The best little novel you haven't heard about – Oprah's Reading List
This is the second book by Michael Kimball that I’ve read. The first was the slightly odd The Way the Family Got Away, slightly odd in that its two narrators are a seven- and a three-year-old trying to comprehend their family's journey through a series of towns after the death of one of their siblings. It’s quirky, perhaps even gimmicky; it’s definitely risky and not all readers were willing to get on board with him. Us—a revised version of How Much of Us There Was as it first appeared in the UK—is a little more of the same. Only this time Kimball’s gone to the other end of the spectrum: our narrator is an old man. Exactly how old is never made clear; he can still drive but he’s also frail and sometimes gets confused. At first I actually thought the narrator had learning difficulties—and perhaps he does but that’s never made clear—because of the clipped and precise way he tells his story:
I picked the telephone up to call for somebody to come to help me get my wife up. I covered my wife up with the bedcovers to keep her warm. I pulled the bedcovers up to her neck. I brushed her hair back away from her face with my hand and touched her cheek. I held my fingers under her nose and over her mouth. I couldn’t feel any breath coming out of her anymore. I held onto her nose and tried to breathe some of my breath into her mouth. There didn’t seem to be enough air inside of me to get her to breathe.
I was afraid to leave my wife in our bed, but I was also afraid that the ambulance might not find our house. I walked out of our bedroom, down the hallway, and up into the front of our house. I turned all of the lights in all of the front rooms of our house on. I opened the front door up, stood in the doorway, and turned the light on the front porch on too. I wanted them to know that it was our house and us that needed them.
This has put off some readers. For example Goodreads reviewer Mary writes: “The narrator felt too reduced to a six-year-old child in the style Kimball chose, which I realize helps to create vulnerability, but also subtly diminished my ability to take the narrator seriously.” I agree the style of writing is very deliberate and it does feel a little contrived, at times, as if he’s twisting the man’s natural phraseology to make a point. As is usually the case with things that come across as simplistic, a lot of hard work went into getting the tone of this book right. In an interview Kimball writes:
It was draining to write and I managed that by writing the novel pretty slowly, just a little over 100 words a day or so. And I spent a lot of time with each sentence, putting down one sentence after another in a deliberate fashion, embedding a kind of feeling in each one. Sometimes, it felt as if I were laying bricks or stacking wood, letting all the feeling accumulate little by little with each sentence until I was working with something overwhelming.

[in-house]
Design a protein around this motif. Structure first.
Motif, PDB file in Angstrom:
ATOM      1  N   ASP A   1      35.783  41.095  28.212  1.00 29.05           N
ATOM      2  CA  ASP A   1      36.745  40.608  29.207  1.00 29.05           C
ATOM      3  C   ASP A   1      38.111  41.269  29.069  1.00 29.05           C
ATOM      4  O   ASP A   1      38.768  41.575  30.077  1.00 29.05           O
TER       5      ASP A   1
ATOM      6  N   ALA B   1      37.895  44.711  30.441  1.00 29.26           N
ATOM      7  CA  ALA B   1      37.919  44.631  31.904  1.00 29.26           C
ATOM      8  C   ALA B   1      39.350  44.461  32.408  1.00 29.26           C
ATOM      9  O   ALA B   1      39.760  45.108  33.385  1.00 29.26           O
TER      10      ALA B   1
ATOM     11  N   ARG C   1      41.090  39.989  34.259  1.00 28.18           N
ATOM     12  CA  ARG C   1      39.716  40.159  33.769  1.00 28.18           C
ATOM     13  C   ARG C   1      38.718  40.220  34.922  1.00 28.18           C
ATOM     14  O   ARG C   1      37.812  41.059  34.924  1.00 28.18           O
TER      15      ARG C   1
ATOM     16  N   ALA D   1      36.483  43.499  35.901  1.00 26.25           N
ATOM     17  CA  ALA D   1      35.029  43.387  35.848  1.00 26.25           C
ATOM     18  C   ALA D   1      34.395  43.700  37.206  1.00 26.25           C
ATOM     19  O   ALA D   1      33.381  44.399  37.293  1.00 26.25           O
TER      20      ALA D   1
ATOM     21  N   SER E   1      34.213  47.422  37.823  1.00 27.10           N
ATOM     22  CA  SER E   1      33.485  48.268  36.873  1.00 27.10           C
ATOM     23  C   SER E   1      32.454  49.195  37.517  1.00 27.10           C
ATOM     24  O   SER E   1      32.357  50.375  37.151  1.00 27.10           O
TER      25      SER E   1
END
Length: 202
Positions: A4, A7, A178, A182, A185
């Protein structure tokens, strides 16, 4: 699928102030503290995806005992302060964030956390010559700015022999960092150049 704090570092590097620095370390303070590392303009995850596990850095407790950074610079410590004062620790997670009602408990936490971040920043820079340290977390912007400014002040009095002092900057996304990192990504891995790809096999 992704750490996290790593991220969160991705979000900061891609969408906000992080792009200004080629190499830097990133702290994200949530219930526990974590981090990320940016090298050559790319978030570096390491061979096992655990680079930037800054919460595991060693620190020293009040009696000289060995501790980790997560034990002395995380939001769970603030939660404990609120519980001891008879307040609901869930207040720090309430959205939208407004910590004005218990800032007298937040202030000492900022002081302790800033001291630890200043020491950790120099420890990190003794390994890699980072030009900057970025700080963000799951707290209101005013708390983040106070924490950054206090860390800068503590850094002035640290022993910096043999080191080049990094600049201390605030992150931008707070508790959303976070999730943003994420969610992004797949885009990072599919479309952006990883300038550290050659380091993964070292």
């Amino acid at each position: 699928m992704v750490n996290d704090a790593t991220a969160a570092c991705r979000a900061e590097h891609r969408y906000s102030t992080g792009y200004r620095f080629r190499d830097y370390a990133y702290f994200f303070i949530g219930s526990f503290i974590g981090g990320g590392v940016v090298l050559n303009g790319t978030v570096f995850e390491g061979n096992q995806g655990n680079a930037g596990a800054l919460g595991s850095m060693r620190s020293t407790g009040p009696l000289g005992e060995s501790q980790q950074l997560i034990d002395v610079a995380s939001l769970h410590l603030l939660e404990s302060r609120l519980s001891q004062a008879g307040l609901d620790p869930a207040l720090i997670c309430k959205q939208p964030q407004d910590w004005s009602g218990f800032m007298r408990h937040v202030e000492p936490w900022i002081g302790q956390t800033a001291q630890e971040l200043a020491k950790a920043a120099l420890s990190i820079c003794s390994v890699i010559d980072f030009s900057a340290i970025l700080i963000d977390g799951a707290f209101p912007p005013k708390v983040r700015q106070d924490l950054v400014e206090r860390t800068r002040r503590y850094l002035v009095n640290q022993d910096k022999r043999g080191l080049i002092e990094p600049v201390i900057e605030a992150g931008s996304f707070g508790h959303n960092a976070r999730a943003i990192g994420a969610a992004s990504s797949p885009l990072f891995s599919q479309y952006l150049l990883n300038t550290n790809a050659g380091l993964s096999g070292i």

I think the reviewer in Time Out Chicago got where Kimball was coming from when he wrote, “The sentences and even paragraphs simulate the stunned but dutiful response to the suffering of a loved one: short, raw and somewhat elliptical, wrapping themselves around the small tasks at hand and the larger questions constantly raised.” He incidentally gave the book 5 stars.
But back to the story.
The man’s wife has had a seizure and is rushed off to hospital. At first it looks like she’s not going to make it. She ends up in the Intensive Care Unit and for days the old guy hangs around wishing she’d come back to him:
The doctor told me that if she did anything again that she would be able to hear again first. He told me to talk to her. He told me to ask her for small things.
I asked her to open her eyes back up. I asked her to move her eyes back and forth under her eyelids so that her eyelids would tremble some. I asked her to smile or move her lips even a little bit. I watched her eyes and her lips for a twitch or for any other kind of change in the way that her face looked. I held onto her hand and asked her to move her fingers, but she didn’t move them or seem to touch my hand back. I asked her if the bruises on her arms from the needles and the tubes hurt.
Amazingly she pulls through but it’s obvious her seizure’s taken its toll on her. She gets to go home but both her husband and she know that their time together is limited:
She couldn’t get up to walk anywhere even with her walker and she couldn’t move or talk much anymore either. She didn’t want to live as little as she was then, only sitting up or lying down.
So we began to practice for how and when she might finish living and dying. We practiced more seizures, but the shaking made both of us afraid. We practiced strokes, but she was afraid that might leave her only half as much alive as she was then. We practiced heart attacks, but she didn’t want her heart to stop first. We practiced overdoses with aspirins and vitamins. We considered slitting her wrists, but we thought that would have hurt too much. We tried to do a suffocation with a pillow, but I couldn’t hold the pillow down.
We mostly practiced home death. Neither one of us wanted to go back to the hospital. But we practiced hospital death in case the ambulance came back to our house and took her back there. I got appliances from around our house and plugged them in around my wife—the microwave and the coffee maker, the alarm clock and any other appliances that had lights or numbers that lit up or that made beeps—and then I practiced unplugging them.